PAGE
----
But the song, and the history books, don’t end there! The ground could not hold Jesus. Not even close. While His body would be laid there for a time – He bursts forth into a new day, a new dawn! Sin has lost its sting! Sin has lost its grip on the elect of God. It is but a memory. It may always tug at our flesh – but it has no real grip anymore. Christ has now brought in the beginning of the Kingdom of God. We now live in the time of the “already and not yet.” Christ’s reign has begun on earth, but its culmination has not yet come. But we are seeing glimpses. We have His Word recorded – and sustained through His power for millennium! We have the Spirit – Who attests to Him and His work in the world and on the Cross! We have Christ, a risen and living Christ – who intercedes for us at the right hand of God! Honestly, what else do we need??

Now finally… we reach that glorious last verse… If this verse doesn’t shoot right through you in an inexplicable joy, then I don’t know what will!

 

No guilt in life…

No fear in death…

THIS… this… is the power of Christ in me…

From life’s first cry to final breath… Jesus commands

Jesus commands

my destiny

NO power of hell…

NO scheme of man…

Shall EVER pluck me

from His hand…

Until He returns, OR

Calls me home…. HERE

In the power of Christ

I. STAND.

You cannot put this truth into better words. You cannot explain this joy with a better phrasing. You cannot show such power with a better image. Let me finish tonight with a question. It is a question that I must admit I don’t ask myself enough – but it is an important question that should shape our day-to-day lives. Do we live like this is true? Do I live a life that seeks a foundation in Christ alone?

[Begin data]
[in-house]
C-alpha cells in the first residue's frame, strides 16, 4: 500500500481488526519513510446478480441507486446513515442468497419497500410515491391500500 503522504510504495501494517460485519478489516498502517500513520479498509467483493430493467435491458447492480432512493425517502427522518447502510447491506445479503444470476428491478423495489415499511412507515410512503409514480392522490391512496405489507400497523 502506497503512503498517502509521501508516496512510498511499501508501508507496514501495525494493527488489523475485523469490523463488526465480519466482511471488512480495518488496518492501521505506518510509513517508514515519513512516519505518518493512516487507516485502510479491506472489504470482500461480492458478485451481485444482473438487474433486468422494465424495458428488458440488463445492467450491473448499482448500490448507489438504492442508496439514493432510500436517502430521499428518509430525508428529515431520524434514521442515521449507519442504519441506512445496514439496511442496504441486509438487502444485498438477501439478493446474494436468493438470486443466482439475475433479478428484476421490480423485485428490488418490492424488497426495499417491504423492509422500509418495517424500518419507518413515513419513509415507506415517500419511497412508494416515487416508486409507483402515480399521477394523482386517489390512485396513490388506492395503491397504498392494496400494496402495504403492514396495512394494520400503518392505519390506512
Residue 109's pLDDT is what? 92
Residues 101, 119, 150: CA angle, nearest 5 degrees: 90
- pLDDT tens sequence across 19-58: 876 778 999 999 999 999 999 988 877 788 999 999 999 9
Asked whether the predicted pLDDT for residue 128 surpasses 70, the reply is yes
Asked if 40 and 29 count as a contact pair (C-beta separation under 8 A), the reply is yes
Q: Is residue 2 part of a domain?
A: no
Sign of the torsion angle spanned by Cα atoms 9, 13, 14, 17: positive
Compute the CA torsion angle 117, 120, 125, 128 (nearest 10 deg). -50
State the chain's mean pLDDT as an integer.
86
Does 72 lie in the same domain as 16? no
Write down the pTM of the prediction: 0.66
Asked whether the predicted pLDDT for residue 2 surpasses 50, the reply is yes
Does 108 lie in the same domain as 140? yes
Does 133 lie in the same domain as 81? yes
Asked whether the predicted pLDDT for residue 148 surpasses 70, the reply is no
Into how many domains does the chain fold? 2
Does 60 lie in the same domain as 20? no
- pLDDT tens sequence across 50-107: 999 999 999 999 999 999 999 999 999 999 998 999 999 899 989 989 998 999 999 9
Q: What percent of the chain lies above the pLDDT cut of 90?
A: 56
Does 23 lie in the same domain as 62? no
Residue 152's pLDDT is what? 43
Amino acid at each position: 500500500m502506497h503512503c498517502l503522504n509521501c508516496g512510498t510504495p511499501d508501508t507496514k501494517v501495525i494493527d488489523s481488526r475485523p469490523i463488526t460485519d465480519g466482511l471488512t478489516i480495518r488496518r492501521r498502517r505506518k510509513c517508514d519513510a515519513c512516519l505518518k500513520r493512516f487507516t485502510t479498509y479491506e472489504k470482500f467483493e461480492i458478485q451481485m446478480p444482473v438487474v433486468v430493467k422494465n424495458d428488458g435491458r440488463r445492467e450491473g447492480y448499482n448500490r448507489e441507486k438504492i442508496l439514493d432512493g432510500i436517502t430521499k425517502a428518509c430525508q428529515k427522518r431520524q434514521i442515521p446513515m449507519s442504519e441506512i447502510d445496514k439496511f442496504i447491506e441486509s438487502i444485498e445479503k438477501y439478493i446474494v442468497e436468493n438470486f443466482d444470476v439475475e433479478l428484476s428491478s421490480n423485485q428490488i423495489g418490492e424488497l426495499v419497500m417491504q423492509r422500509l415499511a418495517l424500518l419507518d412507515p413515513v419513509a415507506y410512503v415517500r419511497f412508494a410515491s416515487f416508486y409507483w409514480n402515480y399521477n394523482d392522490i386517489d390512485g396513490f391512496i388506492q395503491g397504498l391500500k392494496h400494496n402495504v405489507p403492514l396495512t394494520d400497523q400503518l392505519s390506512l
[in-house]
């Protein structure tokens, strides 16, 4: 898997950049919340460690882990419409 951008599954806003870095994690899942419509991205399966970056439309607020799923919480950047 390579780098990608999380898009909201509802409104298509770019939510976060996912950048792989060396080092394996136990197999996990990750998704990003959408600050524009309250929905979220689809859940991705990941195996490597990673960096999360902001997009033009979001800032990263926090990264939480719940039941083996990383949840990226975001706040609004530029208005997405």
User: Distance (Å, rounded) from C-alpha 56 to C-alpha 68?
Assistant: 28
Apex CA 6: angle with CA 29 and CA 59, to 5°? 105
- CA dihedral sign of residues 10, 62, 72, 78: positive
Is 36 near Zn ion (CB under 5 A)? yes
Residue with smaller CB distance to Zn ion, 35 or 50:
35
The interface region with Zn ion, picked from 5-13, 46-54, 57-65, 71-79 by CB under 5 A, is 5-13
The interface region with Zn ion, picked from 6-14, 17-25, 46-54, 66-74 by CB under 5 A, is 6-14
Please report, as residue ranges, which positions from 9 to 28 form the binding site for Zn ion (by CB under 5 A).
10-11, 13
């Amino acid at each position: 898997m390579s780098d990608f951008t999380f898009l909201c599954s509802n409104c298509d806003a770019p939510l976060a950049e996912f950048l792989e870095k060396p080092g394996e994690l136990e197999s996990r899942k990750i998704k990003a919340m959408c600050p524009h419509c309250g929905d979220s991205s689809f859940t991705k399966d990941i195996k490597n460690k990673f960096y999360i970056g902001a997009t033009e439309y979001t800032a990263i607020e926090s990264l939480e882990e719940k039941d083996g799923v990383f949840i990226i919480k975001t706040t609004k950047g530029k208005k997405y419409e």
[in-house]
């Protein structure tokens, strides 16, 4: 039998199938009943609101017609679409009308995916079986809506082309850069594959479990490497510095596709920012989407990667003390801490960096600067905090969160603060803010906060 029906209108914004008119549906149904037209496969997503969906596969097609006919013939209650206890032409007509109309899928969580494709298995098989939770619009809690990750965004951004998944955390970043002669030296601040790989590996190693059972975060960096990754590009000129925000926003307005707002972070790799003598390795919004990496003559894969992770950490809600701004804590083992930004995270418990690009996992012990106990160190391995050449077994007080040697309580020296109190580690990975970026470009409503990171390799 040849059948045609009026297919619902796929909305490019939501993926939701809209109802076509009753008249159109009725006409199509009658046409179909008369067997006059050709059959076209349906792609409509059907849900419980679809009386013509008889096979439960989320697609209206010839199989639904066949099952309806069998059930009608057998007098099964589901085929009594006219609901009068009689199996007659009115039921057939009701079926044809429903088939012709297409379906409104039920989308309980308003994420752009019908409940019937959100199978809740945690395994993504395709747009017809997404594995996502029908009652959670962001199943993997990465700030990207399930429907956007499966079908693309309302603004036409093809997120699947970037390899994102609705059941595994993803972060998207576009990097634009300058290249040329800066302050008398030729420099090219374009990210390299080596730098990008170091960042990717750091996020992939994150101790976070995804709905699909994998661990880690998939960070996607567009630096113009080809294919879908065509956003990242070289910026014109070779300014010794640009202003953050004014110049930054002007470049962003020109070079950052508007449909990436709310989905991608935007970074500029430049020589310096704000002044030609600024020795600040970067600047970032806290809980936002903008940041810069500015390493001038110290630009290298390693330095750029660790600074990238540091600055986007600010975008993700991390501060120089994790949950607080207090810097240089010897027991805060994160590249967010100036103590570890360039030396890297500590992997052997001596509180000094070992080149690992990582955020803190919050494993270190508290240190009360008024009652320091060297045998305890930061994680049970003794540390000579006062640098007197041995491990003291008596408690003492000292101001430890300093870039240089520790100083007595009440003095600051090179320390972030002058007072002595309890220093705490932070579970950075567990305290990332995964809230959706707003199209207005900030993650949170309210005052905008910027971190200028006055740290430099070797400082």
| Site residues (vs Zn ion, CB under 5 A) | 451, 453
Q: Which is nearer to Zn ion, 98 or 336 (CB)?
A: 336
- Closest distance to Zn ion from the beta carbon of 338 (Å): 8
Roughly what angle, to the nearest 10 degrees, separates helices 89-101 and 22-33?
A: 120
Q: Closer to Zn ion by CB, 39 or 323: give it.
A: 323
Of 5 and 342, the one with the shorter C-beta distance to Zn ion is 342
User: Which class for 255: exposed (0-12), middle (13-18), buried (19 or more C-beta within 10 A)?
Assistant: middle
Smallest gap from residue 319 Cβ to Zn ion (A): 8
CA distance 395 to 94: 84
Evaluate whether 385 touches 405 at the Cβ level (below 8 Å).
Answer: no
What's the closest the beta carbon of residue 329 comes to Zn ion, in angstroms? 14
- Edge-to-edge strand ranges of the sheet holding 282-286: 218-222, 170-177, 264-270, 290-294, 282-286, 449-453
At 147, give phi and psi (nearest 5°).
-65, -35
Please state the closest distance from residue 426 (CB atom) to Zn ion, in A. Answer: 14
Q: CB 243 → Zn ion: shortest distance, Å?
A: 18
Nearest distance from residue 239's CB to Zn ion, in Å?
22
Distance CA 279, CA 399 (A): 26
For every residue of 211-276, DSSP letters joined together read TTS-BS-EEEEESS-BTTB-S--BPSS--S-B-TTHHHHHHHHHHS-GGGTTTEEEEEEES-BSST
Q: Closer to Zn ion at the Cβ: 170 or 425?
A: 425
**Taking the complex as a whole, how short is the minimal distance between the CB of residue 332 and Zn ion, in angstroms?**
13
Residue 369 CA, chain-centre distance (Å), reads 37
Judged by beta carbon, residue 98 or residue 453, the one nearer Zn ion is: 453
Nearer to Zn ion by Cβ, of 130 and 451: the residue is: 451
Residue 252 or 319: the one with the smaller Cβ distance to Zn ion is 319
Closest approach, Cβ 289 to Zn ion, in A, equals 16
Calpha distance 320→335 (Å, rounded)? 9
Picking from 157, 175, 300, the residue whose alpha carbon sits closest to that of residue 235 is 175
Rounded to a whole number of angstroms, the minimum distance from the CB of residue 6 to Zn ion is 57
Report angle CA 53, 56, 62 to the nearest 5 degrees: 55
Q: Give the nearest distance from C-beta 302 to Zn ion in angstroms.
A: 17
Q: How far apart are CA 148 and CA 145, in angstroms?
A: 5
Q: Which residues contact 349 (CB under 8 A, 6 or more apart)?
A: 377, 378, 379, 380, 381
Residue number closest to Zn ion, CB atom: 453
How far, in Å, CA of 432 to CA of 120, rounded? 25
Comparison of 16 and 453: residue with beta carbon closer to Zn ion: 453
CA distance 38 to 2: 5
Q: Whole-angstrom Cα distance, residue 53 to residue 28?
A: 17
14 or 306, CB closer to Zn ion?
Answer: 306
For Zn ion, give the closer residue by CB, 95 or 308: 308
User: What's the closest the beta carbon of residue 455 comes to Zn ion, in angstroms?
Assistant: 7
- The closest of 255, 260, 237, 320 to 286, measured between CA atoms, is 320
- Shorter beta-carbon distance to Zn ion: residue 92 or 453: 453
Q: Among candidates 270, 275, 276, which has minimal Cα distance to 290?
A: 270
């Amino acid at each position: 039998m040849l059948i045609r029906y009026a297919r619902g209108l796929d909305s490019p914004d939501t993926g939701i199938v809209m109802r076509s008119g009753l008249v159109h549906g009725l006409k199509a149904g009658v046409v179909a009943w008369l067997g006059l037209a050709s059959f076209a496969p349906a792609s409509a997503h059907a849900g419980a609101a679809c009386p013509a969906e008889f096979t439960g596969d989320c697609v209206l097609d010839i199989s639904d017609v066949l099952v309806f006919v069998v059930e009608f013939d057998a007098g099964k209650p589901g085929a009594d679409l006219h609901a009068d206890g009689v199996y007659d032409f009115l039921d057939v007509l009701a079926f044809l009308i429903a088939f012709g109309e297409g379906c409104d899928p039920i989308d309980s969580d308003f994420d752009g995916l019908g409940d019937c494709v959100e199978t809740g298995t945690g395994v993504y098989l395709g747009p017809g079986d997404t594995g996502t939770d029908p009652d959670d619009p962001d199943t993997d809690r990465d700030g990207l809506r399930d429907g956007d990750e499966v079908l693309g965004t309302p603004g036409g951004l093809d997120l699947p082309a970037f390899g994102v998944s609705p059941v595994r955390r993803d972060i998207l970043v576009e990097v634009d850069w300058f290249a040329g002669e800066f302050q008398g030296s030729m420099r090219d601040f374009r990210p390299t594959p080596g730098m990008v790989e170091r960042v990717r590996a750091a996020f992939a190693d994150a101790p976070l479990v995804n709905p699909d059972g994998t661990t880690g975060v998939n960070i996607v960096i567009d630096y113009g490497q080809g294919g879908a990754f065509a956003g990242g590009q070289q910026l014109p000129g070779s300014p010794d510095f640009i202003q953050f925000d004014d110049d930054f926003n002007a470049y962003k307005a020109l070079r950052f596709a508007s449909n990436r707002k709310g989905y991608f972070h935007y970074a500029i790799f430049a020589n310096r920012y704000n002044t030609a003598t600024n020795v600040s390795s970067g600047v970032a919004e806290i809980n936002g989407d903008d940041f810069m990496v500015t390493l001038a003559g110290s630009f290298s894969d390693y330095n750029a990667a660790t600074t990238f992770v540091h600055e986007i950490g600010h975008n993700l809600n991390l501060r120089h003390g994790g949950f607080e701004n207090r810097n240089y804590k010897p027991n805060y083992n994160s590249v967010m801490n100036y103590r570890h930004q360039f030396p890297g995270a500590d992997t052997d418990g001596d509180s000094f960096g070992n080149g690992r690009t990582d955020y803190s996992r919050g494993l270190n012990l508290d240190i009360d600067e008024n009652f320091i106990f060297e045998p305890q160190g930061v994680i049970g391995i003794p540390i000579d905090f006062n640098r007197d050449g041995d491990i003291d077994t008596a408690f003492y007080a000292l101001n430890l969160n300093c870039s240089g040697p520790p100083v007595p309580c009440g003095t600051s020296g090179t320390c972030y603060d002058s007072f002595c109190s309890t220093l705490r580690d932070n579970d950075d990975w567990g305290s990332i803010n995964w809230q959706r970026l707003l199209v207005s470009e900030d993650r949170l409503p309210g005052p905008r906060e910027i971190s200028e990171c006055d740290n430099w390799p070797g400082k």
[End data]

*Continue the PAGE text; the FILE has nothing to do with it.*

When I wake up to a screaming kid, or a barking dog, do I praise God?

“He is my light, my strength, my song!”

When I am getting ready for my day – whether it be one of work, or one of relaxation, do I preach this gospel to myself?

“And as He stands in victory, sin’s curse has lost its grip on me!” 

When trials assail you from the left and right. When the world piles annoyances, temptations, frustrating coworkers, irritating situations, loud children, and so much more… do I remind myself that God is eternally in control?

“No power of hell, no scheme of man, can ever pluck me from His hand!”

When all seems lost – when we lose that one we love – do we sing the truth of His sacrifice to ourselves, to our friends, to our family?

“Till He returns, or calls me home, here in the power of Christ I stand!”

Brothers and sisters. This is what we are called to every day. To live each day as for Christ, not for yourself. Not for your boss. Not even for your family. When every day is lived for Christ, then every day is lived to it’s fullest. Amen?